Building industry secret police bully workers


Dave Noonan, the Construction, Forestry, Mining and Energy Union's construction division national secretary, has slammed the Australian Building and Construction Commission (ABCC) for "intimidating and bullying" workers.

"The ABCC is engaged in systematic intimidation and bullying of individual workers in the construction industry", he said on May 22. "This government body has the power to fine workers for taking action to defend their wages and conditions and to jail workers who take part in union meetings and refuse to cooperate with secret government interrogations."

Noonan told Green Left Weekly that the ABCC's approach is to litigate first and ask questions later. "They're a highly politically-driven organisation." He said that the ABCC is prosecuting the union and five workers who were employed on a mine site in western NSW, a John Holland project, for alleged industrial action after the workers had complained in 2005 about maggots in their food.

Noonan said that there had been a number of ABCC-initiated prosecutions of the union, including one in the Wollongong area which resulted in a court order that the union take out an advertisement advising people that they don't have to be union members to work in the construction industry. The CFMEU is appealing the order.

The ABCC is continuing litigation against the 107 West Australian construction workers, who were employed on the Leighton Kumagai Perth to Mandurah rail link project, for taking strike action in February 2006 to protect job safety and to protest the sacking of their health and safety (OH&S) representative. The next hearing is due in October, and the ACTU has established a fund to provide the workers with legal support. If the ABCC prosecution is successful, each of the workers could be fined up to $28,000.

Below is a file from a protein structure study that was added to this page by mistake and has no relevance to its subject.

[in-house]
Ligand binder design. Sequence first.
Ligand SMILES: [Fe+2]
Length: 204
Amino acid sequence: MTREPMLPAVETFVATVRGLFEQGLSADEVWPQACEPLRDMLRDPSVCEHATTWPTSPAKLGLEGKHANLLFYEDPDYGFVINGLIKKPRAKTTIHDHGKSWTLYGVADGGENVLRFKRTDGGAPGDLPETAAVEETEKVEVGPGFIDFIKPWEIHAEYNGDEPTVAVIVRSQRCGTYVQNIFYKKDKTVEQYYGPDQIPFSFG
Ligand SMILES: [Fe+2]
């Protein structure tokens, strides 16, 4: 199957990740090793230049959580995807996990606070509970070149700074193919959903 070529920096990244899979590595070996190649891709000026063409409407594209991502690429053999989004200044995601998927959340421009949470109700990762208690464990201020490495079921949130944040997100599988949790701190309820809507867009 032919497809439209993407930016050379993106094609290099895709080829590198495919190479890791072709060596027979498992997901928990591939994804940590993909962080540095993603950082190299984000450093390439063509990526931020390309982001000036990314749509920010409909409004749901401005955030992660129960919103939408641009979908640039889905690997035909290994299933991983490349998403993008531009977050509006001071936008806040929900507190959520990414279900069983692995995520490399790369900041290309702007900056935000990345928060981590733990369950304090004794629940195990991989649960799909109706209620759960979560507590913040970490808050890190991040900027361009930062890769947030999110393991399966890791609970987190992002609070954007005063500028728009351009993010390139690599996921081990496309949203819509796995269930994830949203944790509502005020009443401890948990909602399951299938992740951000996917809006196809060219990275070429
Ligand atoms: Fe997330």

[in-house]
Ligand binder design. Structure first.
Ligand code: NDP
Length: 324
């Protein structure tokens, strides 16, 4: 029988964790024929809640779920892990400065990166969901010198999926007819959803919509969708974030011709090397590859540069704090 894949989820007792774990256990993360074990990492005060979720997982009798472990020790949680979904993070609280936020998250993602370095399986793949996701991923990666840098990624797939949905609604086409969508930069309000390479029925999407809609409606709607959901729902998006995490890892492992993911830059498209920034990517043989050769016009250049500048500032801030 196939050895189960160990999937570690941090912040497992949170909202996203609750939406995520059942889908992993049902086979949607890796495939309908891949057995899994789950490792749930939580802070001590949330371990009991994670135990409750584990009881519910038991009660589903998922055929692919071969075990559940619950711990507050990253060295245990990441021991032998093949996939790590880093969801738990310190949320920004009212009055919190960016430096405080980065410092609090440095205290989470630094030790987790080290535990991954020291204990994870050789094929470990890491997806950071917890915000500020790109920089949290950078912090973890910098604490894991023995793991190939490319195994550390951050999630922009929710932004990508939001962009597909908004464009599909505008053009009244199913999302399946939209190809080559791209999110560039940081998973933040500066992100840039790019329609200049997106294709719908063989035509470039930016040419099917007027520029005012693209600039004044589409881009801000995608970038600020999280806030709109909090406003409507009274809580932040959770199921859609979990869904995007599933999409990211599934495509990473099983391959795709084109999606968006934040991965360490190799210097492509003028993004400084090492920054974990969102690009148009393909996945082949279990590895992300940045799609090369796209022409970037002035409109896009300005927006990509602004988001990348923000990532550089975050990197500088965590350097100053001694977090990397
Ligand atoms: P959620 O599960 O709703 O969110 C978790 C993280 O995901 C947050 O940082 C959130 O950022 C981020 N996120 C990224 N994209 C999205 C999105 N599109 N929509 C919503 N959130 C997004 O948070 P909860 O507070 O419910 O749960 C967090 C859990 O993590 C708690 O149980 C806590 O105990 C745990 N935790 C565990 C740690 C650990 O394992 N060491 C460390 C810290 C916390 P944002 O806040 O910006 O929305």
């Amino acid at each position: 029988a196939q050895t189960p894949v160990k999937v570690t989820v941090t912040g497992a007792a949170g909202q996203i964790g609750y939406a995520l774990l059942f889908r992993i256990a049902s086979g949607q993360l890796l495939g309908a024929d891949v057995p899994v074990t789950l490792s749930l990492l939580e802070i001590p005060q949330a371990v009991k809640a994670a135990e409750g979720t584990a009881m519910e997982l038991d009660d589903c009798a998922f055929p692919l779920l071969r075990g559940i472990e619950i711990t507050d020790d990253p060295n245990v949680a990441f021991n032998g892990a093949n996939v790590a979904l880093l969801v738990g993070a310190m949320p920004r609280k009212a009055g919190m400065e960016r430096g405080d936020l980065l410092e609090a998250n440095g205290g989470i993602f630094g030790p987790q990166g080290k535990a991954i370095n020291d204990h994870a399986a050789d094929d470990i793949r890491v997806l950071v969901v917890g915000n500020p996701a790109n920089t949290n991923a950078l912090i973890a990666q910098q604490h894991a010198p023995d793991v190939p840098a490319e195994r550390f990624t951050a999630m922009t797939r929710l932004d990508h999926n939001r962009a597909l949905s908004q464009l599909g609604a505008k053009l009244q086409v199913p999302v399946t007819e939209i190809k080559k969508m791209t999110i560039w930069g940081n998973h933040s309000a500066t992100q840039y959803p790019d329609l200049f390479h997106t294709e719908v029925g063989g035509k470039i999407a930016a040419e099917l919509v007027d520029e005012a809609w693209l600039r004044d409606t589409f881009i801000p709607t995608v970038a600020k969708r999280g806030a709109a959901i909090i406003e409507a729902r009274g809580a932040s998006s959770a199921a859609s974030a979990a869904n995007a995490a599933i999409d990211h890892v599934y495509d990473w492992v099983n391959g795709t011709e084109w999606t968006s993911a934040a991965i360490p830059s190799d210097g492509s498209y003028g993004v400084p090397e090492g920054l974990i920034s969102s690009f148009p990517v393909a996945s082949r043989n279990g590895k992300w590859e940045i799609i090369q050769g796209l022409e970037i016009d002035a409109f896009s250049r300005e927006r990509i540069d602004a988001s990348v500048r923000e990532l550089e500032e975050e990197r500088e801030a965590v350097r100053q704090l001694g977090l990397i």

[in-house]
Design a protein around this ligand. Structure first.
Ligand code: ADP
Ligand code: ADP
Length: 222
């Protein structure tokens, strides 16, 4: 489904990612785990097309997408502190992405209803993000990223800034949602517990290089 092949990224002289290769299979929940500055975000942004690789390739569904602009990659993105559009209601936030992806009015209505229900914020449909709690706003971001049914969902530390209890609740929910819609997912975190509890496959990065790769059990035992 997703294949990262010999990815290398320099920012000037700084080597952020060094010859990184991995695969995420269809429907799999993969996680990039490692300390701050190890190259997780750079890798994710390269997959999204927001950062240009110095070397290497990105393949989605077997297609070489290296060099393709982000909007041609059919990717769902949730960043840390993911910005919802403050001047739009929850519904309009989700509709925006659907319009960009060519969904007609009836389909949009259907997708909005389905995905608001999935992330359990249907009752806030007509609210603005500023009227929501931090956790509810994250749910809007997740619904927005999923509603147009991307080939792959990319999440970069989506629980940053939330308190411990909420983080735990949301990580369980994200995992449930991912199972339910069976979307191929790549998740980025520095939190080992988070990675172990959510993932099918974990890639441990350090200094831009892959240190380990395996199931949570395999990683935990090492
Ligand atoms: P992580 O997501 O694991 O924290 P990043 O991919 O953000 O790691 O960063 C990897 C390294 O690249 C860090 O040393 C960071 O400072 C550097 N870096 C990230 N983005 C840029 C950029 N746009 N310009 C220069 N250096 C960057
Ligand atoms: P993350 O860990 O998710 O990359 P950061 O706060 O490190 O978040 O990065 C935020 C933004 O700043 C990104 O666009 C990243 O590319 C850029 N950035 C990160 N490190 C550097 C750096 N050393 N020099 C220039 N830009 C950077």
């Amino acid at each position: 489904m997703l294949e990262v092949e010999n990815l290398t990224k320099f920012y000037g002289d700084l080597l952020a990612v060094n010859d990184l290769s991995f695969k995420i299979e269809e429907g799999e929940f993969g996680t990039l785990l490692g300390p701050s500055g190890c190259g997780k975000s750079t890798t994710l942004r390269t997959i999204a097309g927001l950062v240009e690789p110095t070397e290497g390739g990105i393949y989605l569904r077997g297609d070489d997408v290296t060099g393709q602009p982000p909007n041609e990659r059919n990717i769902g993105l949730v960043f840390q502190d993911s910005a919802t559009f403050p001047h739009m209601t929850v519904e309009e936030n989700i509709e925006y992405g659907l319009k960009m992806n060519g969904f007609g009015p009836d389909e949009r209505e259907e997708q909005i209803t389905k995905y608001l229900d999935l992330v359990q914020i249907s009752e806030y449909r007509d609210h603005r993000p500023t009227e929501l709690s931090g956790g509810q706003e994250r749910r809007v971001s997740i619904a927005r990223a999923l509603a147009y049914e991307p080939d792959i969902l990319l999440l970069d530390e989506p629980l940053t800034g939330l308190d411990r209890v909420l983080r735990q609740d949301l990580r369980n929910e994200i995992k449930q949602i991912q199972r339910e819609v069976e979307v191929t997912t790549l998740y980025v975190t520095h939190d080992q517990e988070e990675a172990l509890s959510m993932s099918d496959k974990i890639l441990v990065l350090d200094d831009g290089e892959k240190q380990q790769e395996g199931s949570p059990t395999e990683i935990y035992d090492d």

In another ABCC attack a CFMEU shop steward, Charlie Corbett, has been charged with coercion and unlawful industrial action and is facing $44,000 in fines for insisting that Hooker Cockram honour a 2004 agreement with the union to take on a third- or fourth-year apprentice at the start of the job and another, preferably Indigenous apprentice, halfway through. The company reneged on the agreement in 2005.

CFMEU organiser John Parker is also facing $66,000 in fines in the Federal Court over this dispute, which was settled two years ago, for allegedly imposing an overtime ban at the site to force the company to honour the agreement. If he is convicted, Corbett faces fines of up to $44,000, while the CFMEU is facing a fine of $20,000.

The ABCC has also bought a court case against crane driver Brodene Wardley over a September 2005 health and safety dispute at the construction site of a Mineral Sands processing plant in western Victoria.

Wardley, a single mother with three children, who was named WorkSafe Victoria's 2006 health and safety representative of the year, was one of the 200 workers who voted to take strike action after a minibus carrying workers to the site was involved in a near miss with a freight train close to the site's main gate. Noonan said that the ABCC had subjected Wardley to "secret star chamber interviews" with the threat of imprisonment if she didn't comply.

The ABCC operates in complete secrecy. When a worker is summoned to questioning by the ABCC, he or she is allowed a lawyer, but the worker nor the lawyer is allowed to reveal the content of the interrogation with anyone, under threat of imprisonment.

"The ABCC encourages employers to try to keep the union out at all costs", said Noonan. "Where employers have a good relationship with the union and access has been properly negotiated, the ABCC will go to that site and threaten the employer with loss of commonwealth work if they don't exclude the union.

"The impact on safety is predictable: we have seen a decline. Construction workers are now confronted with a situation where they have a reverse onus of proof if they take action over unsafe conditions. Workers have to prove that they had a reasonable expectation that the job was unsafe or face prosecution in an industry that kills on average a worker a week. The consequences of that are predictably dire."

"The ABCC is funded $32 million a year — rising to $34 million in a couple of years' time if the Liberals get back into government. It's focus is purely to attack union organisation and activity in the construction industry. It hasn't prosecuted or investigated one employer for underpaying workers, ripping off workers' entitlements, poor safety practices, tax evasion or any of the other practices that some employers engage in the industry. It focuses entirely on anti-union litigation, agitation on sites and propaganda", said Noonan.

"It's clear what the government is up to: with the ABCC, it's trying to do to construction workers, with lawyers in wigs and gowns, what it tried to do to the waterside workers with dogs and balaclavas."